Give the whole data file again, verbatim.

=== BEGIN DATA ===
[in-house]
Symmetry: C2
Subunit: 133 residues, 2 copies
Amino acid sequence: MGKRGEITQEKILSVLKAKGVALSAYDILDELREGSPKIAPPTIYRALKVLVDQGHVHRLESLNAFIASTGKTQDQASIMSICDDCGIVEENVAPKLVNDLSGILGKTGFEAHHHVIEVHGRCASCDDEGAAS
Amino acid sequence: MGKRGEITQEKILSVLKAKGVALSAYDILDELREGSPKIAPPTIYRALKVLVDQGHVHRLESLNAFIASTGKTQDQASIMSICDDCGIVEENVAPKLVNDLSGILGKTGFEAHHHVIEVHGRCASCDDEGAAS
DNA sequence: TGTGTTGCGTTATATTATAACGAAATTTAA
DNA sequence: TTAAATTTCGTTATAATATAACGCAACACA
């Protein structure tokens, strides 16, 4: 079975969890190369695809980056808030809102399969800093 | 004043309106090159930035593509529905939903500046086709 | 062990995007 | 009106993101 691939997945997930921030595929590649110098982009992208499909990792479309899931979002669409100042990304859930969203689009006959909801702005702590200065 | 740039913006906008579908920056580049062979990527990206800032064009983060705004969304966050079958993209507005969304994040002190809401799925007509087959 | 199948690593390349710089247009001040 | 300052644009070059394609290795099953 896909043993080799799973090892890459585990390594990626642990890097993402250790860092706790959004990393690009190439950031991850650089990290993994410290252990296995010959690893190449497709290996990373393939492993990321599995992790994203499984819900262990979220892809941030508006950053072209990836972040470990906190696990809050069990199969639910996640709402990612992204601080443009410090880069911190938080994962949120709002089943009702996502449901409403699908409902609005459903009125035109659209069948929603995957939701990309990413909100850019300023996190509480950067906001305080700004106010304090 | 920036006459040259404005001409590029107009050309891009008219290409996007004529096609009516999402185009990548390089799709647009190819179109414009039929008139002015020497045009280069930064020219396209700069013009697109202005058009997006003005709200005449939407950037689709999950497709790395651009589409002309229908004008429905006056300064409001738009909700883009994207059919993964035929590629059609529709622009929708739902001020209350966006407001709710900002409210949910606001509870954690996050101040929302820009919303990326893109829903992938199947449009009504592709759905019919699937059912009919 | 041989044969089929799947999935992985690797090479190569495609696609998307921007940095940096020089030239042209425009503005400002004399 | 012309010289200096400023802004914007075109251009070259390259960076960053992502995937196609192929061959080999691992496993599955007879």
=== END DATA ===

[in-house]
Symmetry: C2
Subunit: 133 residues, 2 copies
Amino acid sequence: MGKRGEITQEKILSVLKAKGVALSAYDILDELREGSPKIAPPTIYRALKVLVDQGHVHRLESLNAFIASTGKTQDQASIMSICDDCGIVEENVAPKLVNDLSGILGKTGFEAHHHVIEVHGRCASCDDEGAAS
Amino acid sequence: MGKRGEITQEKILSVLKAKGVALSAYDILDELREGSPKIAPPTIYRALKVLVDQGHVHRLESLNAFIASTGKTQDQASIMSICDDCGIVEENVAPKLVNDLSGILGKTGFEAHHHVIEVHGRCASCDDEGAAS
DNA sequence: TGTGTTGCGTTATATTATAACGAAATTTAA
DNA sequence: TTAAATTTCGTTATAATATAACGCAACACA
């Protein structure tokens, strides 16, 4: 079975969890190369695809980056808030809102399969800093 | 004043309106090159930035593509529905939903500046086709 | 062990995007 | 009106993101 691939997945997930921030595929590649110098982009992208499909990792479309899931979002669409100042990304859930969203689009006959909801702005702590200065 | 740039913006906008579908920056580049062979990527990206800032064009983060705004969304966050079958993209507005969304994040002190809401799925007509087959 | 199948690593390349710089247009001040 | 300052644009070059394609290795099953 896909043993080799799973090892890459585990390594990626642990890097993402250790860092706790959004990393690009190439950031991850650089990290993994410290252990296995010959690893190449497709290996990373393939492993990321599995992790994203499984819900262990979220892809941030508006950053072209990836972040470990906190696990809050069990199969639910996640709402990612992204601080443009410090880069911190938080994962949120709002089943009702996502449901409403699908409902609005459903009125035109659209069948929603995957939701990309990413909100850019300023996190509480950067906001305080700004106010304090 | 920036006459040259404005001409590029107009050309891009008219290409996007004529096609009516999402185009990548390089799709647009190819179109414009039929008139002015020497045009280069930064020219396209700069013009697109202005058009997006003005709200005449939407950037689709999950497709790395651009589409002309229908004008429905006056300064409001738009909700883009994207059919993964035929590629059609529709622009929708739902001020209350966006407001709710900002409210949910606001509870954690996050101040929302820009919303990326893109829903992938199947449009009504592709759905019919699937059912009919 | 041989044969089929799947999935992985690797090479190569495609696609998307921007940095940096020089030239042209425009503005400002004399 | 012309010289200096400023802004914007075109251009070259390259960076960053992502995937196609192929061959080999691992496993599955007879």